I am currently studying for a new qualification at work. The motivation and enthusiasm I pour out when in the daytime lessons and training is pretty much all I have so when it comes to our private study time I'm all out, empty, dry, nada! I've therefore mastered a number of distraction activities to avoid being remotely productive including tweeting my ass off, running up a heavy iTunes bill and finally getting to grips with iPhoto (am recent Mac convert). Doing which I found this picture of myself and one of my bestest buds Whitney. We are both obsessed with shoes, we own easily over a 100 pairs between us (potentially each if I really thought about it) and are currently on a ban from shoe shopping together after our last Kurt Geiger splurge. Speaking of which I am rocking KG by Kurt Geiger in the above pic and the blue and silver stilletos are vintage (Whitney's Mums!). It was taken on a train on our way on a night out. I don't know where or when exactly (possibly circa 2007) but am certain that we felt fabulous thanks to our new shoes.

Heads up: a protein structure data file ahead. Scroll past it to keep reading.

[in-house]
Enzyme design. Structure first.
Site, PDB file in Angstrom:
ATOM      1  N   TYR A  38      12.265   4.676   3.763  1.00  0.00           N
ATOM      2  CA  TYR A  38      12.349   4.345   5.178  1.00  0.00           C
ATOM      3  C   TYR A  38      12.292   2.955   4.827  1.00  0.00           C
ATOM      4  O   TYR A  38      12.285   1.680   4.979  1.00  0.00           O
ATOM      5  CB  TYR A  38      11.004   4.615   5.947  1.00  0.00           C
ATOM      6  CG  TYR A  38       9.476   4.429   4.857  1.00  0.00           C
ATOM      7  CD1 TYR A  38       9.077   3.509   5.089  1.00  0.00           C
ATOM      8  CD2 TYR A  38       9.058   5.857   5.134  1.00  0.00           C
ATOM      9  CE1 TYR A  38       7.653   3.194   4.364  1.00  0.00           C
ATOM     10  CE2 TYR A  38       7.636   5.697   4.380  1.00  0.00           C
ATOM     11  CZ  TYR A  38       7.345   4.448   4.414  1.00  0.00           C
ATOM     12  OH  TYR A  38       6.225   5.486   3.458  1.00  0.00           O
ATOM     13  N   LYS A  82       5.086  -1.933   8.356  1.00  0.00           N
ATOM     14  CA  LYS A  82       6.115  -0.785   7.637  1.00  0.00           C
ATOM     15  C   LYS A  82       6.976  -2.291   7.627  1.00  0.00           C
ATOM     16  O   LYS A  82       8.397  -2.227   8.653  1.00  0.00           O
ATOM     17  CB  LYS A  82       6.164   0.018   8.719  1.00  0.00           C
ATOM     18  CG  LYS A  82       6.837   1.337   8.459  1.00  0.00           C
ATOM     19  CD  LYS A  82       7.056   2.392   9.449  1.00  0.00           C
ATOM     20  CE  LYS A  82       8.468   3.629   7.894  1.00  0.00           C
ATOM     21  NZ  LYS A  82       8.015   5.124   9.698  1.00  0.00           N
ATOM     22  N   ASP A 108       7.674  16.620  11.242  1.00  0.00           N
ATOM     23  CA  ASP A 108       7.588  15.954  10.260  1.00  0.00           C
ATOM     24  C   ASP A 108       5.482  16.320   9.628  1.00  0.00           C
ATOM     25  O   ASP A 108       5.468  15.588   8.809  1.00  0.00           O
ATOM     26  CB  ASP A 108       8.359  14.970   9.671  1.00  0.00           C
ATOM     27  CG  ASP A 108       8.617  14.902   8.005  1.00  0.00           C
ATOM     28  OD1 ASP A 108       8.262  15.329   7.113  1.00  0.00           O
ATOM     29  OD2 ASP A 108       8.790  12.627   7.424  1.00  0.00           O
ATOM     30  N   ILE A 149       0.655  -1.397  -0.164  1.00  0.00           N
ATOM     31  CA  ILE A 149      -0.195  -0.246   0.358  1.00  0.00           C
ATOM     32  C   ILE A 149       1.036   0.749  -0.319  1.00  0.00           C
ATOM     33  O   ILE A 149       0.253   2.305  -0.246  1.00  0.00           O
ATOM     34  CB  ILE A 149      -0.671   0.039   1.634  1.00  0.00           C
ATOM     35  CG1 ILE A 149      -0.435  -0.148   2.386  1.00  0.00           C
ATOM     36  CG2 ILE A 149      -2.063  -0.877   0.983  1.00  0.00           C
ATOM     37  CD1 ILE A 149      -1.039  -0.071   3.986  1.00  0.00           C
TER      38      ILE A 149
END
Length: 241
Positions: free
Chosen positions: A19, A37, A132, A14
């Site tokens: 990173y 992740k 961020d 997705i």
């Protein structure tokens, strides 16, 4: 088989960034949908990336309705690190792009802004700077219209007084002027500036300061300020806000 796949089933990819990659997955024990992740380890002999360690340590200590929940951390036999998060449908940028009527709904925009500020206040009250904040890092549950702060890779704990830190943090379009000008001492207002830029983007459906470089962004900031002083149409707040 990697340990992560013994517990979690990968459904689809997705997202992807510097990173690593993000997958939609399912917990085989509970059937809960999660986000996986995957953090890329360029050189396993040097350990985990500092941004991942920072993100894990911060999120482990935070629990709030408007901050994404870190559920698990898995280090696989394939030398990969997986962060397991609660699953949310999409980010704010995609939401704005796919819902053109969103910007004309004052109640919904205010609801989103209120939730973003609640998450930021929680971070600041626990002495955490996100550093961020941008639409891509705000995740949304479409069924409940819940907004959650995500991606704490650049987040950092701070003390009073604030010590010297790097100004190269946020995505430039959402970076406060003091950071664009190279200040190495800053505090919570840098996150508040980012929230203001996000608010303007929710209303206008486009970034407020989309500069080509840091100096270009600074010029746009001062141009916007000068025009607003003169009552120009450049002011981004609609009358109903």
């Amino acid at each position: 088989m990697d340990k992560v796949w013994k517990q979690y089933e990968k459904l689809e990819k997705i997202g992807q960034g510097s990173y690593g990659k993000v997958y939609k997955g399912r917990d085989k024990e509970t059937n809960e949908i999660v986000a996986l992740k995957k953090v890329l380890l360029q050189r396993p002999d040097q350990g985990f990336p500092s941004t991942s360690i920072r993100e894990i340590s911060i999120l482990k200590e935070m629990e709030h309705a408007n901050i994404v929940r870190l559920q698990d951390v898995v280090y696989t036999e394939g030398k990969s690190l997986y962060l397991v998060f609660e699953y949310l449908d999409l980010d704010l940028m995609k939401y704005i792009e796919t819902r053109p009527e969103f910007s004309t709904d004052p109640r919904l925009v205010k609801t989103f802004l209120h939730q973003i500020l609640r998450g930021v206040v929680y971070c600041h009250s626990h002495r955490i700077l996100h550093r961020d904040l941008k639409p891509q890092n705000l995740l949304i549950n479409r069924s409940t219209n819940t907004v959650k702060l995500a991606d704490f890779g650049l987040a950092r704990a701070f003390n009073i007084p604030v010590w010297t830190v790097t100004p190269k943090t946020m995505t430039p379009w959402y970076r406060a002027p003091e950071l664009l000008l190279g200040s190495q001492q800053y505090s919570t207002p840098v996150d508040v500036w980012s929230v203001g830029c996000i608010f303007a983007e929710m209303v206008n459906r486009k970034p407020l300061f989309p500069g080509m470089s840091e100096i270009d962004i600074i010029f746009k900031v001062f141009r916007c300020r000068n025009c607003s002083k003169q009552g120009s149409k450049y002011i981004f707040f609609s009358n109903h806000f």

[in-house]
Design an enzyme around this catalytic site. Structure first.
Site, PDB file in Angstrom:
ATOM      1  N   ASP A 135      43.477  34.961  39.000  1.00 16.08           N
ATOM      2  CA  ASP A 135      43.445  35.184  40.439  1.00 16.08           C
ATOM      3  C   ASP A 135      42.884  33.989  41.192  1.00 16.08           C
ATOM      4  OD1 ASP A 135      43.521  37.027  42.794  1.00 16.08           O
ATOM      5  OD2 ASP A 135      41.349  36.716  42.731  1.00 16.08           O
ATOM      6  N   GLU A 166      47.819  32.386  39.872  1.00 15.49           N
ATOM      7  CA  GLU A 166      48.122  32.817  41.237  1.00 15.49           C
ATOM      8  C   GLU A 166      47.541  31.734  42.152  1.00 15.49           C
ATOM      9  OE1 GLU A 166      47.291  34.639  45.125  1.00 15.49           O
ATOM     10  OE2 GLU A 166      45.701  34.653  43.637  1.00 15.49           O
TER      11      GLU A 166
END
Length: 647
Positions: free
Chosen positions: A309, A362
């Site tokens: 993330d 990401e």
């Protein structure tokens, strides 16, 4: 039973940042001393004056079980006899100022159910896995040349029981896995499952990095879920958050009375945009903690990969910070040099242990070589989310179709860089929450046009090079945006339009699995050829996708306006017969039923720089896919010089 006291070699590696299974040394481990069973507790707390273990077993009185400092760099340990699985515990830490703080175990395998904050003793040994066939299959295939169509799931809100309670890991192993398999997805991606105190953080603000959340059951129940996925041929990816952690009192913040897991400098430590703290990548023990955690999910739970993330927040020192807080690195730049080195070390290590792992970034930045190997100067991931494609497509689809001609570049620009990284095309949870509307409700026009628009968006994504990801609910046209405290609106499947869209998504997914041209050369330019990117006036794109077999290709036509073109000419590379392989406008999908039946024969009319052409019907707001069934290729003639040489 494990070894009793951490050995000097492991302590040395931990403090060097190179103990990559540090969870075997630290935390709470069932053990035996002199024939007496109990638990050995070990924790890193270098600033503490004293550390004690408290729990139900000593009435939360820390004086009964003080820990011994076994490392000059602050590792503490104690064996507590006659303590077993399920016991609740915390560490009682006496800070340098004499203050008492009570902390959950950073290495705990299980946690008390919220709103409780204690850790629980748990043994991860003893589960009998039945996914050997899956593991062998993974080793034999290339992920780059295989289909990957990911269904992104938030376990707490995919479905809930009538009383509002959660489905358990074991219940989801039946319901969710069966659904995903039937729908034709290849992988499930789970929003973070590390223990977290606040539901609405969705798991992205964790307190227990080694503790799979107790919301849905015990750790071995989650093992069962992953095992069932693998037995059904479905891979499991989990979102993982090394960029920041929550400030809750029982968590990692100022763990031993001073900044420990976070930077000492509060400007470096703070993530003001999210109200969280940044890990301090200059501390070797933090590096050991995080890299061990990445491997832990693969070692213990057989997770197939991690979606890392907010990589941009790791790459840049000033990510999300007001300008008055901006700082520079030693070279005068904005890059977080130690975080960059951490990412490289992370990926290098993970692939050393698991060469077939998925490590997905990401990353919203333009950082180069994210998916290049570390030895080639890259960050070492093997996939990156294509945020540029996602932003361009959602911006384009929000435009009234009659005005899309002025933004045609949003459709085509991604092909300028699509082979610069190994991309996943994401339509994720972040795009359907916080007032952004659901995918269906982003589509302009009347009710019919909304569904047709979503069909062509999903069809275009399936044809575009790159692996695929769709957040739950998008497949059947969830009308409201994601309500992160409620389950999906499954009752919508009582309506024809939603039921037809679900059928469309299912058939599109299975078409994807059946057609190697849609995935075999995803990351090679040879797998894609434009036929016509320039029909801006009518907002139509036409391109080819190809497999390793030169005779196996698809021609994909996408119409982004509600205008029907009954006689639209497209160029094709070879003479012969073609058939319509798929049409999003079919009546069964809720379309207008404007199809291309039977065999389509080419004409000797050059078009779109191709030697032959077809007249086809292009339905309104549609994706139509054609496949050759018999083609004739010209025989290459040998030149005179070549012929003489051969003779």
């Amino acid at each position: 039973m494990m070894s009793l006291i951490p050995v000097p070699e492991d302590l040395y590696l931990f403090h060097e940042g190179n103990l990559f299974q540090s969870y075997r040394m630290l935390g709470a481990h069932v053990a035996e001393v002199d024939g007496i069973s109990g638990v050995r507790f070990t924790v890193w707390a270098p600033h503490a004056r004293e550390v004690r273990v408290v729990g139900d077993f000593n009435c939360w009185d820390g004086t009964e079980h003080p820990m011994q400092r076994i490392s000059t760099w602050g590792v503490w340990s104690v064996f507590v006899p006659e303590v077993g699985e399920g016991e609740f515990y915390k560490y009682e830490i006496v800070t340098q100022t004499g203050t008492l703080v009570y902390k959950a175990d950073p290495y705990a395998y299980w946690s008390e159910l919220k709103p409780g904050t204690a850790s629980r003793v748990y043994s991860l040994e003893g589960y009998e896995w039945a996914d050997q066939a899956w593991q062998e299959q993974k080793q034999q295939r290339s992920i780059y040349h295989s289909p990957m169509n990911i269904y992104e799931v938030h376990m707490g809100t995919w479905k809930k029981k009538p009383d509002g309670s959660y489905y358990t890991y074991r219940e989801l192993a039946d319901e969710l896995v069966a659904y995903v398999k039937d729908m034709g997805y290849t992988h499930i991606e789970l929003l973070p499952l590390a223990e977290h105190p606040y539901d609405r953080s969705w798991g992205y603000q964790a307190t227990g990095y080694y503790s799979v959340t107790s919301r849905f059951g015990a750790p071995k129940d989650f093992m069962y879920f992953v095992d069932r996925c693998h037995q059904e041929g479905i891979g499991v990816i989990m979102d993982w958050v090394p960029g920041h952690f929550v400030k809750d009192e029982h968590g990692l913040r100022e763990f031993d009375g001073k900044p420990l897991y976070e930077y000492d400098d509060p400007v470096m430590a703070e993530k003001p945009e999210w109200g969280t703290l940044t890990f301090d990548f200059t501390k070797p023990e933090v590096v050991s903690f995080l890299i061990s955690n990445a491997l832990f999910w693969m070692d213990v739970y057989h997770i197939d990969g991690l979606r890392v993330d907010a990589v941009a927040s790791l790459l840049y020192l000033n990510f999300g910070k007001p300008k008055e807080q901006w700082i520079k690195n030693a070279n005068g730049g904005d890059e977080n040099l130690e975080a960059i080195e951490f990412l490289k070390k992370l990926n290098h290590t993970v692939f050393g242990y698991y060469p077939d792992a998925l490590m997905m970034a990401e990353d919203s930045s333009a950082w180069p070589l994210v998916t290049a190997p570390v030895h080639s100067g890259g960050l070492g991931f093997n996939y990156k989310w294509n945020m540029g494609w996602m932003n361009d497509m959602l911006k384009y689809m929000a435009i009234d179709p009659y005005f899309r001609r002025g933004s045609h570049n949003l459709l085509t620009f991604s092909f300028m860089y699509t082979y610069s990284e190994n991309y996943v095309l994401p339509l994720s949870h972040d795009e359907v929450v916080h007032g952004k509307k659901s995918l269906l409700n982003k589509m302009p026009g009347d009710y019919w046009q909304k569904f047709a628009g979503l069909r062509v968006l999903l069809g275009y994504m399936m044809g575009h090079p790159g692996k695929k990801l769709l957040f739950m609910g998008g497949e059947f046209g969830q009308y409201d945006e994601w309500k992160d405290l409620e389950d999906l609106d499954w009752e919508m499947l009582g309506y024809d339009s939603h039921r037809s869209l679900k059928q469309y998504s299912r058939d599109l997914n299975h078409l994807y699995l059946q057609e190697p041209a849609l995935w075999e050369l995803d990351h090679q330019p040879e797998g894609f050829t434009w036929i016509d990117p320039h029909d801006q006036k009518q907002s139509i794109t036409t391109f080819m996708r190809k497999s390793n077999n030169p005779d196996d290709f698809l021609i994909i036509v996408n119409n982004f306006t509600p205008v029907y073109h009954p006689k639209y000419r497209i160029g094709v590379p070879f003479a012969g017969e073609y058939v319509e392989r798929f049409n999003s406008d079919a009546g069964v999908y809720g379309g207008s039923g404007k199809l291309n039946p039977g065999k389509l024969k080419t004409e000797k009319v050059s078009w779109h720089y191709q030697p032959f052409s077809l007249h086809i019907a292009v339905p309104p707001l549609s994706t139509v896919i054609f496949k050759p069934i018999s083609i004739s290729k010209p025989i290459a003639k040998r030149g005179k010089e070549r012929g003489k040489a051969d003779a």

Predictably on Mother's Day (for UK anyway) I am taking a little time to acknowledge all that my Mum does for me and all she is to me. It's quite a lot, certainly too much to write about here. So instead I'm just going to post one of her favourite songs:
For that reason it's one of my favourite songs too.
I was just in the shower and realised my bottle count has gone up somewhat. I now indulge in using up to 6 different products in the shower: shampoo, conditioner, shower gel, exfoliator (i.e. shower gel with sand), face wash and a coconut leave in deep treatment hair conditioner (admittedly I only use this once a week-ish or when I remember). My immediate thought was "you've changed". I used to pride myself on being a 3 bottle maximum type of girl.
I don't know why but this thought process progressed to me thinking about all the material things in life I enjoy - leave-in conditioner, shoes, cinnamon scented candles, snowboarding, over a 100 different shades of nail varnish not to mention my self-indulgent deep and passionate love for collecting vintage clothes, music (350+ CDs and counting - no offence to iTunes) and InStyle magazine (since first UK issue).